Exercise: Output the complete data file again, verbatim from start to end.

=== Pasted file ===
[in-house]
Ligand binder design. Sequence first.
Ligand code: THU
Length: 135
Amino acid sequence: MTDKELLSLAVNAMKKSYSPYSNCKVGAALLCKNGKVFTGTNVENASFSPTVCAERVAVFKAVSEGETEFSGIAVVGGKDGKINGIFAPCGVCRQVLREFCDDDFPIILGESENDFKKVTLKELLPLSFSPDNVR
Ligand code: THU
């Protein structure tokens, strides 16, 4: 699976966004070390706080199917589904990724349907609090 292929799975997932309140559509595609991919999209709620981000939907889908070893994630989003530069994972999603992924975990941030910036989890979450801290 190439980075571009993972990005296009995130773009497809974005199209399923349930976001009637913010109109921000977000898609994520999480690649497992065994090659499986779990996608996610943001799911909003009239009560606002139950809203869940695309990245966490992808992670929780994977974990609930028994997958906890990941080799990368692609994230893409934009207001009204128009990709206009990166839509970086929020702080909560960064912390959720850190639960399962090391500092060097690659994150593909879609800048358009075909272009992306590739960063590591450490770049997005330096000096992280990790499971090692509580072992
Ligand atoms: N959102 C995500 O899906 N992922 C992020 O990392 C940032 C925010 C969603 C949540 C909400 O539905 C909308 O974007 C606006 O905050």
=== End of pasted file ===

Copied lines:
[in-house]
Ligand binder design. Sequence first.
Ligand code: THU
Length: 135
Amino acid sequence: MTDKELLSLAVNAMKKSYSPYSNCKVGAALLCKNGKVFTGTNVENASFSPTVCAERVAVFKAVSEGETEFSGIAVVGGKDGKINGIFAPCGVCRQVLREFCDDDFPIILGESENDFKKVTLKELLPLSFSPDNVR
Ligand code: THU
């Protein structure tokens, strides 16, 4: 699976966004070390706080199917589904990724349907609090 292929799975997932309140559509595609991919999209709620981000939907889908070893994630989003530069994972999603992924975990941030910036989890979450801290 190439980075571009993972990005296009995130773009497809974005199209399923349930976001009637913010109109921000977000898609994520999480690649497992065994090659499986779990996608996610943001799911909003009239009560606002139950809203869940695309990245966490992808992670929780994977974990609930028994997958906890990941080799990368692609994230893409934009207001009204128009990709206009990166839509970086929020702080909560960064912390959720850190639960399962090391500092060097690659994150593909879609800048358009075909272009992306590739960063590591450490770049997005330096000096992280990790499971090692509580072992
Ligand atoms: N959102 C995500 O899906 N992922 C992020 O990392 C940032 C925010 C969603 C949540 C909400 O539905 C909308 O974007 C606006 O905050």